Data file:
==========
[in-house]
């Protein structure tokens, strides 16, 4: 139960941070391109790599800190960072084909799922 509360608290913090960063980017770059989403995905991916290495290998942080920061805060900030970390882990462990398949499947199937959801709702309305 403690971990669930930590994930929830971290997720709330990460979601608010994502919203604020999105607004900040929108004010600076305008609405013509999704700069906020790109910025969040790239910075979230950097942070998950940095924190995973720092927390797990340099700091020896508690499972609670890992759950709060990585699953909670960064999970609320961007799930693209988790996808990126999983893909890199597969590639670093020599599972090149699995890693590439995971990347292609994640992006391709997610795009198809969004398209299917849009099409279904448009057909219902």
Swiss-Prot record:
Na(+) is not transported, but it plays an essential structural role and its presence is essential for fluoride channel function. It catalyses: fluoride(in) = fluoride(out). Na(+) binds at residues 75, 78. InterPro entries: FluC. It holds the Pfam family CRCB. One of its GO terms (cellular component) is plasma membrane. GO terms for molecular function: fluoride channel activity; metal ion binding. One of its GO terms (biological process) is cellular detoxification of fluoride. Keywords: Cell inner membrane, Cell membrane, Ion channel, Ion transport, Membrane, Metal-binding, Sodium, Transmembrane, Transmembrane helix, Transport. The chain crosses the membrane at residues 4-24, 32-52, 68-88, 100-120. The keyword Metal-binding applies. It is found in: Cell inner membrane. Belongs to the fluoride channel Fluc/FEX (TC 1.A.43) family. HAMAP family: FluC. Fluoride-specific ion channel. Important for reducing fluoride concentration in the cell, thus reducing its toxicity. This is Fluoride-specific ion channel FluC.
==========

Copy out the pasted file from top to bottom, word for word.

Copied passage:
[in-house]
């Protein structure tokens, strides 16, 4: 139960941070391109790599800190960072084909799922 509360608290913090960063980017770059989403995905991916290495290998942080920061805060900030970390882990462990398949499947199937959801709702309305 403690971990669930930590994930929830971290997720709330990460979601608010994502919203604020999105607004900040929108004010600076305008609405013509999704700069906020790109910025969040790239910075979230950097942070998950940095924190995973720092927390797990340099700091020896508690499972609670890992759950709060990585699953909670960064999970609320961007799930693209988790996808990126999983893909890199597969590639670093020599599972090149699995890693590439995971990347292609994640992006391709997610795009198809969004398209299917849009099409279904448009057909219902």
Swiss-Prot record:
Na(+) is not transported, but it plays an essential structural role and its presence is essential for fluoride channel function. It catalyses: fluoride(in) = fluoride(out). Na(+) binds at residues 75, 78. InterPro entries: FluC. It holds the Pfam family CRCB. One of its GO terms (cellular component) is plasma membrane. GO terms for molecular function: fluoride channel activity; metal ion binding. One of its GO terms (biological process) is cellular detoxification of fluoride. Keywords: Cell inner membrane, Cell membrane, Ion channel, Ion transport, Membrane, Metal-binding, Sodium, Transmembrane, Transmembrane helix, Transport. The chain crosses the membrane at residues 4-24, 32-52, 68-88, 100-120. The keyword Metal-binding applies. It is found in: Cell inner membrane. Belongs to the fluoride channel Fluc/FEX (TC 1.A.43) family. HAMAP family: FluC. Fluoride-specific ion channel. Important for reducing fluoride concentration in the cell, thus reducing its toxicity. This is Fluoride-specific ion channel FluC.